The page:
Image: – A message from Civilian Male Military Spouse Taurus M. James – TaurusJames.com
As a civilian male military spouse and stay at home dad, it can be hard to navigate the holidays and avoid depression. Early on in my journey as a male military spouse and SAHD, I was a Sad At Holidays Dad. The worse part was that I didn't know why.
A message to civilian male military spouses and stay at home dads about the holiday blues.
SAHD Life: Are You a Sad-At-Holidays-Dad? - Anxiety, Depression, Loneliness
When I was a boy, I loved the holidays. I had great anticipation and excitement during Christmas. I loved being with family and friends during Thanksgiving. Food, football (Washington Redskins forever!) and fellowship are what I looked forward to the most.
But then something happened. I didn't know exactly when, but I was definitely a grown-up at the time when I started dreading the holidays. Thanksgiving and Christmas became the worst times of the year for me. The things I loved about these holidays and anticipated as a boy, I hated as a man and a father.
At first, I didn't think anything was wrong. I just thought that I outgrew the hype and hooplah of the holidays. But I was wrong. I was diagnosed with clinical depression. Each year, the holiday season, especially Thanksgiving and Christmas, triggered my anxiety, depression and loneliness.
The worst part for me was not recognizing the negative impact all of this was having on my family. I was a "Sad-At-Holidays-Dad" for the first five years of my daughter's life.
Now, I can trace the start of my depression back to the passing of my step-father, while I was still at the Air Force Academy. Internally, things pretty much fell apart completely for me after that and the holidays became a bitter reminder to me that he's not here anymore.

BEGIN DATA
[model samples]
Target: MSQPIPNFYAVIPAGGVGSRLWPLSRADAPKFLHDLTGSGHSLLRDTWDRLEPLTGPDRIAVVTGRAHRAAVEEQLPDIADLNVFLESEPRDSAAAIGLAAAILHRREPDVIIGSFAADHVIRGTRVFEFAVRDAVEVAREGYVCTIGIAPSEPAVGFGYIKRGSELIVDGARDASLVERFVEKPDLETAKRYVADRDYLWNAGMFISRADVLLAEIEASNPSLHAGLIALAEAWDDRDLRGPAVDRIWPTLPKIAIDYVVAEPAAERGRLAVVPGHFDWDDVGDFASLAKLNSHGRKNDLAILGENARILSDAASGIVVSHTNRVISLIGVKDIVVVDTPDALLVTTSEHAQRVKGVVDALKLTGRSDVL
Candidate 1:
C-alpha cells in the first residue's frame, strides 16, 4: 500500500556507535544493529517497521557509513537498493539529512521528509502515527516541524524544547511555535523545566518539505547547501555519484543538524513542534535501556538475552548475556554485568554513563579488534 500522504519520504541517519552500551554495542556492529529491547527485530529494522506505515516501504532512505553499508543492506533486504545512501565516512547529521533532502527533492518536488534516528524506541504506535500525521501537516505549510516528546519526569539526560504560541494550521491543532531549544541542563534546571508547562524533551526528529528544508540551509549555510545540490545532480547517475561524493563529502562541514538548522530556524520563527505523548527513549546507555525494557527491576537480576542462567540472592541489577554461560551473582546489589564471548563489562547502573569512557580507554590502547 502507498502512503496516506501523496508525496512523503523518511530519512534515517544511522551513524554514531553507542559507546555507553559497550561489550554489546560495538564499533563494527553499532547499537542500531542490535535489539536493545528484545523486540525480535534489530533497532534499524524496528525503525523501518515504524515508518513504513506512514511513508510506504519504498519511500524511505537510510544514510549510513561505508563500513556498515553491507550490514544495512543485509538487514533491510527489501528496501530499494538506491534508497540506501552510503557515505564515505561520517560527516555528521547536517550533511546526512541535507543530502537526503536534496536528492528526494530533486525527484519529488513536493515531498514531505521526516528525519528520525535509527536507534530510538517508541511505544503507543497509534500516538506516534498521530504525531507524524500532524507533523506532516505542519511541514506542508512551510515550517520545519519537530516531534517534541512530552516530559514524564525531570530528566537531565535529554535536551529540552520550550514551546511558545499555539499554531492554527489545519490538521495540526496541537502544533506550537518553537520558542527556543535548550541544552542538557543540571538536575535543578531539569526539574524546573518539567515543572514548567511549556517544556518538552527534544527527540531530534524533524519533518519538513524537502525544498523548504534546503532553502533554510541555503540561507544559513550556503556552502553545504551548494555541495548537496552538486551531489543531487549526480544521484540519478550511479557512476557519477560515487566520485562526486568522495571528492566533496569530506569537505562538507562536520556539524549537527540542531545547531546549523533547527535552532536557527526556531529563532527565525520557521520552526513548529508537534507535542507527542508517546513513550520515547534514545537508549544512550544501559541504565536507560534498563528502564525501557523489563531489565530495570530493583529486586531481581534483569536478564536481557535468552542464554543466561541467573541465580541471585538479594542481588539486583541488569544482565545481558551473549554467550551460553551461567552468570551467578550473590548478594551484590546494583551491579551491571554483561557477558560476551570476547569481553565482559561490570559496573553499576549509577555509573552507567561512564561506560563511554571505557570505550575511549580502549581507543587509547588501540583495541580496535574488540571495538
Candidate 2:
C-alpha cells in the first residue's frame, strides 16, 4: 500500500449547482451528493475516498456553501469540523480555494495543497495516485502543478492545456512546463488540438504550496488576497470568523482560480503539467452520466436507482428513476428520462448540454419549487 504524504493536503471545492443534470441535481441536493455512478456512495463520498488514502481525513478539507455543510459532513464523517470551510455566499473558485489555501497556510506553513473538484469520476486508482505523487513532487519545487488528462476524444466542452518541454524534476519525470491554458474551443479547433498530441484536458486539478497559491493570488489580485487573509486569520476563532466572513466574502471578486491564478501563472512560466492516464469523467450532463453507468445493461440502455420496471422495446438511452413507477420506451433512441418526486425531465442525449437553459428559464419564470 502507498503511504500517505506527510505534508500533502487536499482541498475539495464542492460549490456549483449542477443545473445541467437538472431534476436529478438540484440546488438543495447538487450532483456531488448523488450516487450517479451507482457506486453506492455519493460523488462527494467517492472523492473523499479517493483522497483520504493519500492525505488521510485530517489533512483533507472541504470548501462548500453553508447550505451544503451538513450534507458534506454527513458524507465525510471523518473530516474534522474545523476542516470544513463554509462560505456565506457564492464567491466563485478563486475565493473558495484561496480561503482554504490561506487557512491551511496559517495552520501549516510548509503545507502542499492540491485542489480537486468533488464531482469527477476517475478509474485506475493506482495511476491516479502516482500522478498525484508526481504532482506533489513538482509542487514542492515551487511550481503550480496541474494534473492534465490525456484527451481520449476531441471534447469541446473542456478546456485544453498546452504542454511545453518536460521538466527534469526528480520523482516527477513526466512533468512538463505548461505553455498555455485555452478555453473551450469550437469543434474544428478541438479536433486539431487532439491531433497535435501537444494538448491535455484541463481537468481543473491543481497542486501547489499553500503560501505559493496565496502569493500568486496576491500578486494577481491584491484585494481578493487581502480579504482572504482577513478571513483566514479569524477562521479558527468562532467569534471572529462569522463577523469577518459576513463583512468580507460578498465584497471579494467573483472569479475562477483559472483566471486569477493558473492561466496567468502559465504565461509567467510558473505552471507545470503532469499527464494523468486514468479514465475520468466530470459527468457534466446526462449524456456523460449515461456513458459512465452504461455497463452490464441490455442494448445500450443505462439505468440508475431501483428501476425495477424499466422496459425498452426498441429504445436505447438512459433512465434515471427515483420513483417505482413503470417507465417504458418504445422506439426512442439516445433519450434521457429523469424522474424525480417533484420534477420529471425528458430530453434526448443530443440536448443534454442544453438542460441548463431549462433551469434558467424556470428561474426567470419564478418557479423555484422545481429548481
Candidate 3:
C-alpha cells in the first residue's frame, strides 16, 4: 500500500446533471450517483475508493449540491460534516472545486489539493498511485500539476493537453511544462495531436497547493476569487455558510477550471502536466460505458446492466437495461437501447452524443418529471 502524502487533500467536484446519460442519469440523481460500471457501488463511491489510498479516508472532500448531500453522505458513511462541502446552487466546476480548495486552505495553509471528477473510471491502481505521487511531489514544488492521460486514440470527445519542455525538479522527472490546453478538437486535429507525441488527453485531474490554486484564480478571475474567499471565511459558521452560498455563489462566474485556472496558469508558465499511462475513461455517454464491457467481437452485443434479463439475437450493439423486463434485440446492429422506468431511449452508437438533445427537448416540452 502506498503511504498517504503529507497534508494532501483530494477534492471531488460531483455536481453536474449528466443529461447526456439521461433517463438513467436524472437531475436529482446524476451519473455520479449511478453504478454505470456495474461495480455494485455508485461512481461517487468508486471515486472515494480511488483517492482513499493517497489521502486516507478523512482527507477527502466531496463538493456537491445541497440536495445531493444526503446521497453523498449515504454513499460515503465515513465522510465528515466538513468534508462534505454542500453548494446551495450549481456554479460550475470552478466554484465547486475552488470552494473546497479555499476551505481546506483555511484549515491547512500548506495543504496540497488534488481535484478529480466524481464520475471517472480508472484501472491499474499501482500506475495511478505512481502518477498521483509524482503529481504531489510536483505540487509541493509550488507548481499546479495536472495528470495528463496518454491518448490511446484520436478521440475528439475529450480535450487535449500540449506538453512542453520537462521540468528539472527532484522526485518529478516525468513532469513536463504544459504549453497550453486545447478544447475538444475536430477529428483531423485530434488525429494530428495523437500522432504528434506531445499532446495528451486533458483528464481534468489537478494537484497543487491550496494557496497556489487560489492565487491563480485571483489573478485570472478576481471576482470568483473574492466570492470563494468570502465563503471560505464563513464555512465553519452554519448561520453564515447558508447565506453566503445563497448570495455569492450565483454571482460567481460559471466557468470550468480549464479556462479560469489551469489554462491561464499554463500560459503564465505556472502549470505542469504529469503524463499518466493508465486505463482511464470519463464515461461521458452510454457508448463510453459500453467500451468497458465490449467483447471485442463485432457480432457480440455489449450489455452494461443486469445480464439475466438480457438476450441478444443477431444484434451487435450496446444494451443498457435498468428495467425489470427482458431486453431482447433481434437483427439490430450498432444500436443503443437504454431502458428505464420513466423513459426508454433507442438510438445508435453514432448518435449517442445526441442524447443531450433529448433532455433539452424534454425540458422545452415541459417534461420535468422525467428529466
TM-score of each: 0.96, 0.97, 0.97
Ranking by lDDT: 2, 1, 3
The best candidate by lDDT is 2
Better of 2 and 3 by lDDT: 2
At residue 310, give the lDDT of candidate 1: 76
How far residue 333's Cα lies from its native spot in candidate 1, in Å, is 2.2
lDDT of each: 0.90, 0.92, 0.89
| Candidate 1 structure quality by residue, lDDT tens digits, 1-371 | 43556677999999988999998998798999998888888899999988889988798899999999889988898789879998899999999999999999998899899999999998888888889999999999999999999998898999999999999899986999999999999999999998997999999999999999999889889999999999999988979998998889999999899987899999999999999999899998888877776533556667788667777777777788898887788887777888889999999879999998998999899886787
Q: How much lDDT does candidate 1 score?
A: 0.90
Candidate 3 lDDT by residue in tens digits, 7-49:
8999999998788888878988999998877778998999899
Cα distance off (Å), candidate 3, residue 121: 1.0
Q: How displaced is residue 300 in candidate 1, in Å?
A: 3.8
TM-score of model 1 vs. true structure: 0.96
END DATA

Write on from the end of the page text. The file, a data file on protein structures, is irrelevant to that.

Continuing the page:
My story isn't much different from many SAHDs out there. There are military Stay-At-Home-Dads who are struggling with the holidays right now because of reasons similar to mine. Some military SAHDs are "Solo-At-Holidays-Dads", with the wife deployed - maybe for the first time. By itself, a deployment is enough to trigger anxiety, depression and loneliness. When a deployment happens or lasts through the holidays, the problems can be much greater.
Things started to change for me when I went to the clinic and actually talked about what I felt. Everything didn't change overnight. My struggle has lasted years after I received the diagnosis. However, I recognize the triggers now. By recognizing what triggers depression, anxiety and loneliness in me, I take pre-emptive measures to lessen the effects. Like I said, the worst thing for me was not even recognizing that I was depressed and not recognizing the negative impact it was having on my family.
This holiday season, I'm looking forward to spending time with my family again. Food, Football and Fellowship are back on my list of things I anticipate, expecting great enjoyment. Even the journey home (road trip!) has become one of my favorite parts of the holiday season.
As I think about the other SAHDs out there, I pray for them - asking God to grant them the Peace that He has given me. I pray for the families of military SAHDs, especially those who are dealing with deployment during this time. It is my hope that SAHDs and their families will be able to smile and enjoy this time of the year.
Grace and Peace!
Here are some links with good information about "holiday Blues" - anxiety, depression and loneliness during the holidays: